This was a recent conversation between two Hindu guests at my parent’s house:

1: What is the reasoning Muslims give in support of polygamy?

2: Prophet Muhammad (PBUH) had said that a man can marry up to four women if he can treat them equally. Treating equally probably referring to their material needs. In addition, the Prophet himself had many wives and in society men outnumber women.

I waited before responding to see if the second guest was going to give the complete explanation behind the polygamy issue, and when he didn’t, I explained to the first guest that not all Muslims support polygamy, and use the same verse referred to above to prove that since it is impossible to treat four wives equally, Islam is actually against polygamy.

This little conversation brings up so many issues for me. Firstly, a friend had told me some time before that the guest no. 2 was very learned about both Islam and Hinduism, so it was hard to argue with him about these issues. Well, the thing is, most Bangladeshi Hindus know a thing or two about Islam, since we live in a Muslim majority country, so I’m not ignorant either. Knowing about Islam doesn’t mean just knowing about how conservative Muslims justify patriarchal traditions or violence against “infidels.” Fully knowing about Islam, or anything else, means knowing about different interpretations of the same text. Once upon a time, I thought I knew about Islam too, when in fact, I only knew about the hateful rhetoric conservative Muslims spewed. Thanks to what I learned later from feminist Muslims and liberal Muslims, I now feel like I truly “know” Islam, and other religions for that matter, even though I’m not adept at quoting suras or verses or anything.

When I was still quite ignorant on the issue, a Muslim friend told me, “Blame Muslims for all the negative portrayals of Islam, not Islam itself. Islam is perfect.” At that time, I didn’t understand what he meant. Like many feminists, I thought that the problem lied in the ideology, whether Islam or any other religion, not the interpretation. That view changed while learning about female religious leaders in a Women’s Studies class. I found a quote by a Christian feminist preacher that went along the lines of, “The religious establishment is patriarchal – get over it. Every secular establishment is patriarchal too, and yet feminists fight to change things in the workplace, in politics, etc. By shunning religion instead of reforming it, we feminists deny ourselves valuable spirituality instead of reclaiming what’s rightfully ours from patriarchal religious people.” Unfortunately, I lost the link to this gem of a quote that changed my life, and I can’t find the link. But the knowledge will be with me forever.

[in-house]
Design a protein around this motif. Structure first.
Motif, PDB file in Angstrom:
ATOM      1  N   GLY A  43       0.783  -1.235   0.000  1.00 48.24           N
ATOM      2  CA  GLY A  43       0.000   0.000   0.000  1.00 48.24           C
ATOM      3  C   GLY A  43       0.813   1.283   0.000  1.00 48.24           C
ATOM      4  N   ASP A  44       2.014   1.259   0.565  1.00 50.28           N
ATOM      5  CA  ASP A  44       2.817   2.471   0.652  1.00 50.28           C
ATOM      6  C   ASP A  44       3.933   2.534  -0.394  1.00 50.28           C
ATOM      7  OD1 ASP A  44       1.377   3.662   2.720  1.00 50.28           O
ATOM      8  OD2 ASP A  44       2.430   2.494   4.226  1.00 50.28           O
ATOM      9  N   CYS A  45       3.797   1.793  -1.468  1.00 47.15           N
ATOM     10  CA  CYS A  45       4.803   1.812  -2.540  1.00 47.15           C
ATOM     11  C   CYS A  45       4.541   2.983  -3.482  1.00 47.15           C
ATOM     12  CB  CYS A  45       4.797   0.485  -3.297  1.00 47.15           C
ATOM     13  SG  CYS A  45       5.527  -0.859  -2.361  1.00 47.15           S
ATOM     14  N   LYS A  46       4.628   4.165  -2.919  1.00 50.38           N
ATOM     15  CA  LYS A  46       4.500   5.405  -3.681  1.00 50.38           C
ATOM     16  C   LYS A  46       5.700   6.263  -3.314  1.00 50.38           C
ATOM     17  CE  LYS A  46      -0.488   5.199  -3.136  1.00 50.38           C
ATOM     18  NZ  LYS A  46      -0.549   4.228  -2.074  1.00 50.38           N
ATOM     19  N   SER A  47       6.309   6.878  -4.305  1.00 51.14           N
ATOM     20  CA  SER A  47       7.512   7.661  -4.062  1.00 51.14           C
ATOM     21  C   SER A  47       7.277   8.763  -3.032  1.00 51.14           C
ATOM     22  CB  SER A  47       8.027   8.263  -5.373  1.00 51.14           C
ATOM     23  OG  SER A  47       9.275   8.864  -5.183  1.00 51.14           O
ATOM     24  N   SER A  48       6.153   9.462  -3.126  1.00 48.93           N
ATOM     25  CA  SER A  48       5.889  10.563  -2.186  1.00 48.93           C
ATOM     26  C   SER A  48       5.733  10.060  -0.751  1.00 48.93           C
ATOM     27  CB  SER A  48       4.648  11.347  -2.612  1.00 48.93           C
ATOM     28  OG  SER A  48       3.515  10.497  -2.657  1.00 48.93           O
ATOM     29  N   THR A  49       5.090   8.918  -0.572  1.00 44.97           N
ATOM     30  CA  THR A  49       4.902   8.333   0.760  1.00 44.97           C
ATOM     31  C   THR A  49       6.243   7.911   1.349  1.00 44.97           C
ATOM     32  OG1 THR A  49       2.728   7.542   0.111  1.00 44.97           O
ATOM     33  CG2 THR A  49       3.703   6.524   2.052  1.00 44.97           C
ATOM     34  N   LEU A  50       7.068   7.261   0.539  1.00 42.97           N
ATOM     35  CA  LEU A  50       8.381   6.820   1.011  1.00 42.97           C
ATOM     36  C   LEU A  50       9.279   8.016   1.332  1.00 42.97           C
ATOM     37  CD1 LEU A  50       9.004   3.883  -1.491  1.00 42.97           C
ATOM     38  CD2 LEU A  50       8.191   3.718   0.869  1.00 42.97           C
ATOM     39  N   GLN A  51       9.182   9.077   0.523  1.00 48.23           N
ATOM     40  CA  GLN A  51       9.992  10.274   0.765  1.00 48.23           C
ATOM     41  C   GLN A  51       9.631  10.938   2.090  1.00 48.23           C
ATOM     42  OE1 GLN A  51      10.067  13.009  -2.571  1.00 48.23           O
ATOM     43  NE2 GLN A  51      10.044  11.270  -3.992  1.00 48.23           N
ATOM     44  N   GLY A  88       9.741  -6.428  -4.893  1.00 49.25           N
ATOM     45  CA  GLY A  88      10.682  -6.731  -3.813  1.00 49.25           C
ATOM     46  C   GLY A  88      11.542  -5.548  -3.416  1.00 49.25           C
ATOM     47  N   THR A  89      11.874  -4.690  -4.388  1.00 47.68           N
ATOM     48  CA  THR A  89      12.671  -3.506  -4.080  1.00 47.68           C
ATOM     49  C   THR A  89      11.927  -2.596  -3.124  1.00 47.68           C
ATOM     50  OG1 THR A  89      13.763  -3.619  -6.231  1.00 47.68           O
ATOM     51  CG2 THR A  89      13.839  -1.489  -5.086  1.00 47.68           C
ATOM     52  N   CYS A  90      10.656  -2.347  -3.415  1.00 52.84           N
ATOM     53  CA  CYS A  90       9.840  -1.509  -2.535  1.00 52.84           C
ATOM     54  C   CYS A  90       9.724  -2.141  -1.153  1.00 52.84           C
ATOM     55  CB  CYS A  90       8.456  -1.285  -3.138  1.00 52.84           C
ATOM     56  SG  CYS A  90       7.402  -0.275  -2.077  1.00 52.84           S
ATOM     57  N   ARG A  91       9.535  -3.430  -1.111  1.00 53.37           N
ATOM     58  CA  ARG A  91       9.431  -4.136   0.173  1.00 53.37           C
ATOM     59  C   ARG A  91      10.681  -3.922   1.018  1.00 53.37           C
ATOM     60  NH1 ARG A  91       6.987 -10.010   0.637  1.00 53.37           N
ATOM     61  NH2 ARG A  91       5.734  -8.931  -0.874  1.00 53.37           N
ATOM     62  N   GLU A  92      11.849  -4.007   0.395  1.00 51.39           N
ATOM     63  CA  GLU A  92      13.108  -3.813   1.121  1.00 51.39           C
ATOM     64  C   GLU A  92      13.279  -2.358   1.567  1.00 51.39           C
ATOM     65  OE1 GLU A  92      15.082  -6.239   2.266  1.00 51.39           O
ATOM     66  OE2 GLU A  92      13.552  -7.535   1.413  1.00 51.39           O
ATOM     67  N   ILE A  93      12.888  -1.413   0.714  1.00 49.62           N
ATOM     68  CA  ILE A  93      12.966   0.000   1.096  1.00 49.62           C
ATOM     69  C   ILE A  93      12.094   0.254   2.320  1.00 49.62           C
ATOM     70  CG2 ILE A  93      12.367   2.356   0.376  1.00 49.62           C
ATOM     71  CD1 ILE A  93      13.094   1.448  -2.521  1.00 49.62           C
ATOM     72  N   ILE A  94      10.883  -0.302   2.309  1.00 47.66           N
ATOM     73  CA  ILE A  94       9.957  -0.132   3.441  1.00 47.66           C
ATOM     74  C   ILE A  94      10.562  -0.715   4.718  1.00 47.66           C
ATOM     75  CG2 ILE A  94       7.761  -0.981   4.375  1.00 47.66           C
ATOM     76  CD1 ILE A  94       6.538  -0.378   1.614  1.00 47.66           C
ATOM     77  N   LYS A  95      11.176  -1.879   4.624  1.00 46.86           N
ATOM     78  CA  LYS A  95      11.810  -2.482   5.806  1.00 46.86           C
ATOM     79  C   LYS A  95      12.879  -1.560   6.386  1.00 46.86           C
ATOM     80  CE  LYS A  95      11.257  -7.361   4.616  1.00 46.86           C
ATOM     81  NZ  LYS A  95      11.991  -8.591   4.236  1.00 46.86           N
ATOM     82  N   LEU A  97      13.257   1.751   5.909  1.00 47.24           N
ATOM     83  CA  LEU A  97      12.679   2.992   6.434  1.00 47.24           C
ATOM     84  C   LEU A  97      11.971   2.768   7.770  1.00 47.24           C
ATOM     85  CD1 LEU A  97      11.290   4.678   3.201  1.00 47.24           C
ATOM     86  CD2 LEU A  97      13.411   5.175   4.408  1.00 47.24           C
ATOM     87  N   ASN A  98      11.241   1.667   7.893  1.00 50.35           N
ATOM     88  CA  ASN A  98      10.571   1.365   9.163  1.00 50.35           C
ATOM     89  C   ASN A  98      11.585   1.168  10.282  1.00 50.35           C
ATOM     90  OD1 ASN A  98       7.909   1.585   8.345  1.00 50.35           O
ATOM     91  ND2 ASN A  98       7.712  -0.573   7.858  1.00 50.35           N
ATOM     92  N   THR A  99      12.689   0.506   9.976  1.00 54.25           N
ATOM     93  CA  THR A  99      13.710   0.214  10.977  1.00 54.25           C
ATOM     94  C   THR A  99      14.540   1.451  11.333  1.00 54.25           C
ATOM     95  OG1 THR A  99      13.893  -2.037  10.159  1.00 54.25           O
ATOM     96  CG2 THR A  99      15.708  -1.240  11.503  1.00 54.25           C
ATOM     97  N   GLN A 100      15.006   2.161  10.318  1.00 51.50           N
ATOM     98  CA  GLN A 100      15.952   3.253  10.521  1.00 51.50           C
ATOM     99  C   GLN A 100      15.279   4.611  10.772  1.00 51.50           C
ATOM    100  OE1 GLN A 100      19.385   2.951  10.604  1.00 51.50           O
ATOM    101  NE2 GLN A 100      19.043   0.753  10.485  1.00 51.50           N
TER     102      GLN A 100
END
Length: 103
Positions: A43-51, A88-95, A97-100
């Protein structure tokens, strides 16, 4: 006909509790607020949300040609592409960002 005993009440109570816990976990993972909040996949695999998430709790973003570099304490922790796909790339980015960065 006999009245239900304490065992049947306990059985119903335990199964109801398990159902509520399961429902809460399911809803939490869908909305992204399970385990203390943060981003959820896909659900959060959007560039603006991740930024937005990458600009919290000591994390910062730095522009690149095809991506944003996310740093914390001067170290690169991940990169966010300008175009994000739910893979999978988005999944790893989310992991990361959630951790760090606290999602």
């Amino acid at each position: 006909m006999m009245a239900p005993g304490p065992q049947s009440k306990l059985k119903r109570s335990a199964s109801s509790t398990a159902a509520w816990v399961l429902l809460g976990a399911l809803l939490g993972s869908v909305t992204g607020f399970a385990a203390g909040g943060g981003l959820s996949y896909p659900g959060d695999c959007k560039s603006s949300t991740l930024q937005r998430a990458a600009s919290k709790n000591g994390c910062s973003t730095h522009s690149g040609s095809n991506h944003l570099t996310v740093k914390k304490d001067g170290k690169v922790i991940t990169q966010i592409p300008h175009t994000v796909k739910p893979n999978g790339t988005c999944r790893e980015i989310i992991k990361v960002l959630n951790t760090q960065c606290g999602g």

I finally realized what it meant to criticize Muslims, but not Islam, for the crimes some Muslims commit. Islam gets a bad rep for oppressing women and holding women back, and yet, for every verse in the Quran or Hadith that is misused to justify women’s oppression, there are many more verses that support women’s equality. Islam gave women the right to inherit and own property, to marry with prenupital agreements (!), and divorce if those are not met. Were those rights equal to the rights given to men? No. But progressive Muslims argue that Islamic law represents progress towards an equitable society, not the final word on laws as countries like Saudi Arabia interpret it to be. That argument is not created out of thin air. Islamic jurisprudence is not static, but a process where new interpretations of the law override previous ones. The Quran itself is said to have several layers of meaning (I think seven), so it does not make sense to accept conservative Muslims’ interpretations as “literal” and shun Islam as some oppressive philosophy.

There’s another solid reason why feminists should stop thinking of religion as patriarchal bullshit. Think of it as a perpetuation of the “boys will be boys” attitude. In this case, the attitude is that “religious people will always be oppressive, or violent, or illogical.” That’s just not true! We’re missing a valuable opportunity to collaborate with other feminists in changing religions and making them more equitable. Demonizing their belief systems and morals just alienates them. Instead, we need to recognize the similarities between the struggles of Christian, Muslim, or Hindu women to reconcile their feminism and spirituality, just as many secular feminists struggle to reconcile their cultural identities or careers with their feminism. Do we stop calling ourselves Americans just because our government does many things we don’t agree with? You get the point.

Now, when feminists or progressive people mistakenly shun all religions, I can see where they’re coming from. I’ve made the same mistakes not too long ago. But when people of one religion claim that their religion is so equitable, and so kind to women, while other religions are not – now that’s stupid. But I’ll save that for my next post.

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